A level head in a sea of panic

You can always count on Larry Magid and Anne Collier of Blog Safety and Net Family News for a solid perspective on online predators. Last week they published an editorial in the San Jose Mercury News entitled Tell teens about good, bad sides of social networking. Here are the highlights:

  • MySpace has announced it has deleted 29,000 profiles of sexual predators. Assuming that there were no duplicates, that represents less than 5% of the known sexual predators in the US.
  • Using a news analysis, out of the 12 million teens online, 100 have been victims of sexual exploitation. That percentage is too small to calculate.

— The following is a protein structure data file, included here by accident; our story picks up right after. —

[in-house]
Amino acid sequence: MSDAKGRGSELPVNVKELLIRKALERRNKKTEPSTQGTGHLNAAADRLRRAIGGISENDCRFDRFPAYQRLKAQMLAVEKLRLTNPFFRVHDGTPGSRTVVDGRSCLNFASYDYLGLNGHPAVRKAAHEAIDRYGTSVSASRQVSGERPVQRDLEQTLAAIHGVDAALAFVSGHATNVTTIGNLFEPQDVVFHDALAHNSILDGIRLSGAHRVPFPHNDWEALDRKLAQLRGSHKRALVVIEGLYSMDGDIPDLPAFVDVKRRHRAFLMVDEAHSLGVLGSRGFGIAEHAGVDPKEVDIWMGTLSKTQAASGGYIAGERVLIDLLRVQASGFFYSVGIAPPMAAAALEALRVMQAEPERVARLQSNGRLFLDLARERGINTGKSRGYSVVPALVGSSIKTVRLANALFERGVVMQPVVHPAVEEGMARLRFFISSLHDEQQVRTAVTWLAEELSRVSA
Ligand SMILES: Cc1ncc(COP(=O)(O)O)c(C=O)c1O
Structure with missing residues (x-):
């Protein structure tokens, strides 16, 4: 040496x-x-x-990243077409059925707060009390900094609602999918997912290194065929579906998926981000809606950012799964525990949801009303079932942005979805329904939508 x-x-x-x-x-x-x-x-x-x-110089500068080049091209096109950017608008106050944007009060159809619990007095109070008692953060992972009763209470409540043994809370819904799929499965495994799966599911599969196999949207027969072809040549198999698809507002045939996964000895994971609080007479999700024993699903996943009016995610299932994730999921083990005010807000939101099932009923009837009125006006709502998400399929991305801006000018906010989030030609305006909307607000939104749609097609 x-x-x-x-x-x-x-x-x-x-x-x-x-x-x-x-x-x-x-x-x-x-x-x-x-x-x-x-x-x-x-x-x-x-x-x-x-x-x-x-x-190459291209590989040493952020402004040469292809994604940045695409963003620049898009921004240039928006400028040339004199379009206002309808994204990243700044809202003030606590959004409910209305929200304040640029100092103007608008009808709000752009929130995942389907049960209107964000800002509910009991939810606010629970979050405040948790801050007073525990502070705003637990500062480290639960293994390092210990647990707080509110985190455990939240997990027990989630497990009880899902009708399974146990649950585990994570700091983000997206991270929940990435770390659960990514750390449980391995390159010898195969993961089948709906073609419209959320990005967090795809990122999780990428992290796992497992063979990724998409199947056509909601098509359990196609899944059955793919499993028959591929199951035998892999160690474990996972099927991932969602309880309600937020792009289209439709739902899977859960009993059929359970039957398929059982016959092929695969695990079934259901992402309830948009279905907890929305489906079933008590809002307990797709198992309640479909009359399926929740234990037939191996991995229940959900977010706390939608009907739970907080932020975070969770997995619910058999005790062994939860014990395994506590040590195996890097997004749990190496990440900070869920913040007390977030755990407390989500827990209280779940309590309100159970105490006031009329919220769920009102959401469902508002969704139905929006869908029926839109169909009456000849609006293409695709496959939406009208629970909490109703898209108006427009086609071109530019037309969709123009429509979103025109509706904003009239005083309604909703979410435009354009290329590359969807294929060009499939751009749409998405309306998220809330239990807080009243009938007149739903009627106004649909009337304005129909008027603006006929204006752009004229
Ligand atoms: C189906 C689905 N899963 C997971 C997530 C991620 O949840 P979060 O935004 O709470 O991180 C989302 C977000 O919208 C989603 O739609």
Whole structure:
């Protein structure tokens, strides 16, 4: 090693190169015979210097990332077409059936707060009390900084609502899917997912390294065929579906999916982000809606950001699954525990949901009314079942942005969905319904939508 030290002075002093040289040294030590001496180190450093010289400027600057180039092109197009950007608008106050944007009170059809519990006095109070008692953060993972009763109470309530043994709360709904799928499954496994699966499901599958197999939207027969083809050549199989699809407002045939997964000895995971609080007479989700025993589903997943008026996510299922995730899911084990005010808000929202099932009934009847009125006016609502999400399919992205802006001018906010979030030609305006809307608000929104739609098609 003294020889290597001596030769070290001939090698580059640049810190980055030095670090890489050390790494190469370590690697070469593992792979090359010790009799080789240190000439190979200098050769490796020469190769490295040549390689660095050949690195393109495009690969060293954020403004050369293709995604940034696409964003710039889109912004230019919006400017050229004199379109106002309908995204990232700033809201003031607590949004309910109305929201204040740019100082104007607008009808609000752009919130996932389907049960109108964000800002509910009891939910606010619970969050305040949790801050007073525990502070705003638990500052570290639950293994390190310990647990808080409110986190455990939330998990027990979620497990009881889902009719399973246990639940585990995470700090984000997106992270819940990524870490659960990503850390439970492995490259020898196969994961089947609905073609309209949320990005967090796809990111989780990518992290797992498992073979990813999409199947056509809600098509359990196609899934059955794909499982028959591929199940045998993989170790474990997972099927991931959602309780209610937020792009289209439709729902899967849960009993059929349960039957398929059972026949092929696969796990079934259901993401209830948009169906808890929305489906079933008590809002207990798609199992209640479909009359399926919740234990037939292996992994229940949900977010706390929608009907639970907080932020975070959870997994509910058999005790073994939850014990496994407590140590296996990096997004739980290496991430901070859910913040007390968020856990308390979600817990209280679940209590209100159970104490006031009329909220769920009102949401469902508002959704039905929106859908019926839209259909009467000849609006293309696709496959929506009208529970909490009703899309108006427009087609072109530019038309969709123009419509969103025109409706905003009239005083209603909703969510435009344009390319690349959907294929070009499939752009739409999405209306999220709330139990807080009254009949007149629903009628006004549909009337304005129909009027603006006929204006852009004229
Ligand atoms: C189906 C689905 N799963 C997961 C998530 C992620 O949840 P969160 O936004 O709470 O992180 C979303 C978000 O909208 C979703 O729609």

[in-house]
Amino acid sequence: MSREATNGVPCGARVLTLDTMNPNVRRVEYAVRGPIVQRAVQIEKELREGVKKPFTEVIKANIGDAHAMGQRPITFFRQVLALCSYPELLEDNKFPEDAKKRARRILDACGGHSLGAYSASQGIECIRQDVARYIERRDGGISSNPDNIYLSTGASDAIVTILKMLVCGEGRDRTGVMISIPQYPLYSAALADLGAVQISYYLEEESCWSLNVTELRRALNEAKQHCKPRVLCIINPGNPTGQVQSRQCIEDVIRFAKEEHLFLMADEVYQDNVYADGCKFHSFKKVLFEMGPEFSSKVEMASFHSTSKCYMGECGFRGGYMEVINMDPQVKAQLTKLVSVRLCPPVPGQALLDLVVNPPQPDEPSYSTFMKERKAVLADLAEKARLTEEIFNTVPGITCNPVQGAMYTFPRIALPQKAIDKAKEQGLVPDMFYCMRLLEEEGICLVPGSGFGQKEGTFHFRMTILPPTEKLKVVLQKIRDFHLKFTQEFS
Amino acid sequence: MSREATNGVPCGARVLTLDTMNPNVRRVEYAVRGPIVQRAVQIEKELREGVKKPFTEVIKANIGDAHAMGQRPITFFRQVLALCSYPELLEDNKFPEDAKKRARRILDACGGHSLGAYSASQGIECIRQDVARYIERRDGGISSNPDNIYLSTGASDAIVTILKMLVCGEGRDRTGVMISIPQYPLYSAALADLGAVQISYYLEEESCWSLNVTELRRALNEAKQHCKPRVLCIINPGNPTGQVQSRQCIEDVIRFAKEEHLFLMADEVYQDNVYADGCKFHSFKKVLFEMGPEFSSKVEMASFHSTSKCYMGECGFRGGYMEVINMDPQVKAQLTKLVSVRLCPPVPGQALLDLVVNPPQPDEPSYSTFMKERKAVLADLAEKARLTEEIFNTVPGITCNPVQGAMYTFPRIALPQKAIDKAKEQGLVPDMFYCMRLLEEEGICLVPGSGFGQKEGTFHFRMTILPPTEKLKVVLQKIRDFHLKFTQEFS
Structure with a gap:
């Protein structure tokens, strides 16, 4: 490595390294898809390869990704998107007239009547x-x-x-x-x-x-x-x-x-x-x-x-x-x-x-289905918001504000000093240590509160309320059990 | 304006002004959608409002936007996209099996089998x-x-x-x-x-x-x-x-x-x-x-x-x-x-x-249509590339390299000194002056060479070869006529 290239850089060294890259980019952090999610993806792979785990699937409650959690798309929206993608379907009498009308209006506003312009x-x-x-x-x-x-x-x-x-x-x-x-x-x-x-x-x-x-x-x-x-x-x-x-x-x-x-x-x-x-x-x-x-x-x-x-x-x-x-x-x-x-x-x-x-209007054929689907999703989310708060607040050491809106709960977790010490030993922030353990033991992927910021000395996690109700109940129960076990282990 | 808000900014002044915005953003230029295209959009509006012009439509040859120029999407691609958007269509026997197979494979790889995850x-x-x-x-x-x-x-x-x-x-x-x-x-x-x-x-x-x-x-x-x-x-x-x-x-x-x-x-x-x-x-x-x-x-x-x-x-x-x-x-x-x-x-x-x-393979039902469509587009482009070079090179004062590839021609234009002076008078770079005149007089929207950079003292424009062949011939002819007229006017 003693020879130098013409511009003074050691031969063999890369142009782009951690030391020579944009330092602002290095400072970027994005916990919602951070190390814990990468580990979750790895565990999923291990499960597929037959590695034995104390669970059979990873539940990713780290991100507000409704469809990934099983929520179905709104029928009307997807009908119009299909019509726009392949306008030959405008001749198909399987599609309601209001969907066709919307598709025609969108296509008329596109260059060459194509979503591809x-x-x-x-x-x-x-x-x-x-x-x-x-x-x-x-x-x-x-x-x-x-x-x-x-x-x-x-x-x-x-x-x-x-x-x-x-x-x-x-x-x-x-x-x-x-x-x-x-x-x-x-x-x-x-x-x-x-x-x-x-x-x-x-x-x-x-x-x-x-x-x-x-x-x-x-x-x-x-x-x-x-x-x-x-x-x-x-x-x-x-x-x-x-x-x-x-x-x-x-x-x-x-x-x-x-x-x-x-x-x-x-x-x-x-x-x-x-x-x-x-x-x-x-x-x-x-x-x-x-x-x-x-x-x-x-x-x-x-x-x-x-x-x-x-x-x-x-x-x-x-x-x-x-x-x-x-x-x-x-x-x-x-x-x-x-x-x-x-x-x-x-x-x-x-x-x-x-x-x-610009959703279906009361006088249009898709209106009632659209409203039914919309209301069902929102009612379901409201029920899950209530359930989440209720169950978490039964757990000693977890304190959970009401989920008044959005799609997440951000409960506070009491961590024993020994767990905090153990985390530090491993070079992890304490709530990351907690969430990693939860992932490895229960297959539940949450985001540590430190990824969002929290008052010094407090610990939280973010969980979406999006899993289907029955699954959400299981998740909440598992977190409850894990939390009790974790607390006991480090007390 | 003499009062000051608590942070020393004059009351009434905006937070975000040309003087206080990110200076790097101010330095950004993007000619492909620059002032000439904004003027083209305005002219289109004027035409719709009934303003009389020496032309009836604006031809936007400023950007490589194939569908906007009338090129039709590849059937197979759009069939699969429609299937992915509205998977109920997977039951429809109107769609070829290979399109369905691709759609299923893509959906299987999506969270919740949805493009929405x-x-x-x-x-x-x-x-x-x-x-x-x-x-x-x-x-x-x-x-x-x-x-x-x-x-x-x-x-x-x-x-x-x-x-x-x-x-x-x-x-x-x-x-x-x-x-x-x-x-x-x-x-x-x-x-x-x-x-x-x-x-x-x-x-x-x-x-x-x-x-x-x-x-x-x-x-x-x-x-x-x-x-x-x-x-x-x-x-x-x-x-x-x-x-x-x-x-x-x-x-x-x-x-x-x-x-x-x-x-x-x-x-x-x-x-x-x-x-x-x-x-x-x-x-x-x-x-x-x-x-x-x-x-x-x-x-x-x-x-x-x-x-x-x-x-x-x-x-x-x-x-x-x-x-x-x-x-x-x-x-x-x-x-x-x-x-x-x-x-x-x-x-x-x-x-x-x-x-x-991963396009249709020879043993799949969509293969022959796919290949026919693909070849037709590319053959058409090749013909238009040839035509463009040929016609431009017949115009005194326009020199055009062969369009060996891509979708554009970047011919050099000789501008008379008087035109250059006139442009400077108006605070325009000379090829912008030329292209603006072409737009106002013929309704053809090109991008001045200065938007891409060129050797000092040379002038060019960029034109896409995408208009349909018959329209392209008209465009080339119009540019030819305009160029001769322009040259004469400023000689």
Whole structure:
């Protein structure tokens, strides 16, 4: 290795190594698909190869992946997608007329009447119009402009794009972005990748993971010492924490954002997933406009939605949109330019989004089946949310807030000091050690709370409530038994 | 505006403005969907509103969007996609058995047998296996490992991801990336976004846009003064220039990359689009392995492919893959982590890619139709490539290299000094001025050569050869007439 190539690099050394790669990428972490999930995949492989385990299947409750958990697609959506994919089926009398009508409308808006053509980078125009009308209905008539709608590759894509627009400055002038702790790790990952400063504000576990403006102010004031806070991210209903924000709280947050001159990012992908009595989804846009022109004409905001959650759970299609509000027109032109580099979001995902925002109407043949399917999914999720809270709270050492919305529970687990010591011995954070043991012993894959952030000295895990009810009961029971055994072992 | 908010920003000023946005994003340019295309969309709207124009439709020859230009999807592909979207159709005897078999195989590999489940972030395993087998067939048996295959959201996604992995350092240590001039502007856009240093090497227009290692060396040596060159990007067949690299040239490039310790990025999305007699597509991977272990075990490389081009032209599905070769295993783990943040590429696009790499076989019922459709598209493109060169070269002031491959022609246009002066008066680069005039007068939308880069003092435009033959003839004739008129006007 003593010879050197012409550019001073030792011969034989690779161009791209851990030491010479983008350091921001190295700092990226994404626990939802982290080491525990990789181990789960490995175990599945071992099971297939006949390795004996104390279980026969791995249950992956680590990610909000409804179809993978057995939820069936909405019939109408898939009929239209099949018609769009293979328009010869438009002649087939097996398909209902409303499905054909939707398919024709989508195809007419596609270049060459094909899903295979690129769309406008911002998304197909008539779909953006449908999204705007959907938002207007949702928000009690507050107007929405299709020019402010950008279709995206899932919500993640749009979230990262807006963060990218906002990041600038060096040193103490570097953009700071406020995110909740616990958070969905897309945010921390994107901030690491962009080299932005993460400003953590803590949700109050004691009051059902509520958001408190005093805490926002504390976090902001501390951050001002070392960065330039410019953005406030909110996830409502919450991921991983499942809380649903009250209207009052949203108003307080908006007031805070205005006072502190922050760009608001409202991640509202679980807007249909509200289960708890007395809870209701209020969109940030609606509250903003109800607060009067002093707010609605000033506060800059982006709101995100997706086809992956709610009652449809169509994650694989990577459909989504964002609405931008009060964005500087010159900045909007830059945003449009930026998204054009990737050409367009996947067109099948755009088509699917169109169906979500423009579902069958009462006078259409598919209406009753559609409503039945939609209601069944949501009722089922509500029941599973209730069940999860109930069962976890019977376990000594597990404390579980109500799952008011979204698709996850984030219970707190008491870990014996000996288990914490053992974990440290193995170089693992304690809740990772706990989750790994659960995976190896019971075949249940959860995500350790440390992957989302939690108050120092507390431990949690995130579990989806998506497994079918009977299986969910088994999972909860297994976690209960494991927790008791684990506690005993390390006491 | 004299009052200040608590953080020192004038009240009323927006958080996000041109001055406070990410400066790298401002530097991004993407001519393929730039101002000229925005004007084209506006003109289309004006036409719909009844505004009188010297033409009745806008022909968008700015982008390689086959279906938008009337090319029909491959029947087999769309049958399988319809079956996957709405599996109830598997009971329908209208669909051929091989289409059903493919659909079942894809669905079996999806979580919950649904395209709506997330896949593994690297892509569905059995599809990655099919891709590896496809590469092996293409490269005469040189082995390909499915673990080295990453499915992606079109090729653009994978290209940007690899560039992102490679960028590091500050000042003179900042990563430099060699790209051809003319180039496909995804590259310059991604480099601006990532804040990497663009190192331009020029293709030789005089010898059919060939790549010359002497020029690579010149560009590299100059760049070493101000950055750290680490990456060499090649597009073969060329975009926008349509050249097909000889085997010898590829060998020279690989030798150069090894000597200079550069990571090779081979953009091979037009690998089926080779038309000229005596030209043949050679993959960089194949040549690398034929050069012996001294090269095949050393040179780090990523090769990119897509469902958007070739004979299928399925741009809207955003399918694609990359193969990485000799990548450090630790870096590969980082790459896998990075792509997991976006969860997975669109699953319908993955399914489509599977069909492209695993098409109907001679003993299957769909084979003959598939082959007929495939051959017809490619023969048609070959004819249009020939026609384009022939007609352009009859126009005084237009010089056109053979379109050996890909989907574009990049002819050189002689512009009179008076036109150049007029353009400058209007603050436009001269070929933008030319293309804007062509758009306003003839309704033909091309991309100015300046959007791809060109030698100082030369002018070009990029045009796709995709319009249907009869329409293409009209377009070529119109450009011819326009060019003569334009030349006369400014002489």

• None of the youth that have been sexually exploited as a result of an online sexual predator were kidnapped — all went willingly with their assailant, and many had sex “consensually” (as much as you believe a minor can consent to sexual activity — but that is a discussion for another day).

The major message these two want to convey is to keep these numbers in perspective. That panicking about this issue and prohibiting teens from going online will only drive them “underground” — away from healthy discussions.

And given that most sexual abuse happens closer to home, driving your teens away is probably the last thing you want to do if you are really concerned about sexual exploitation.

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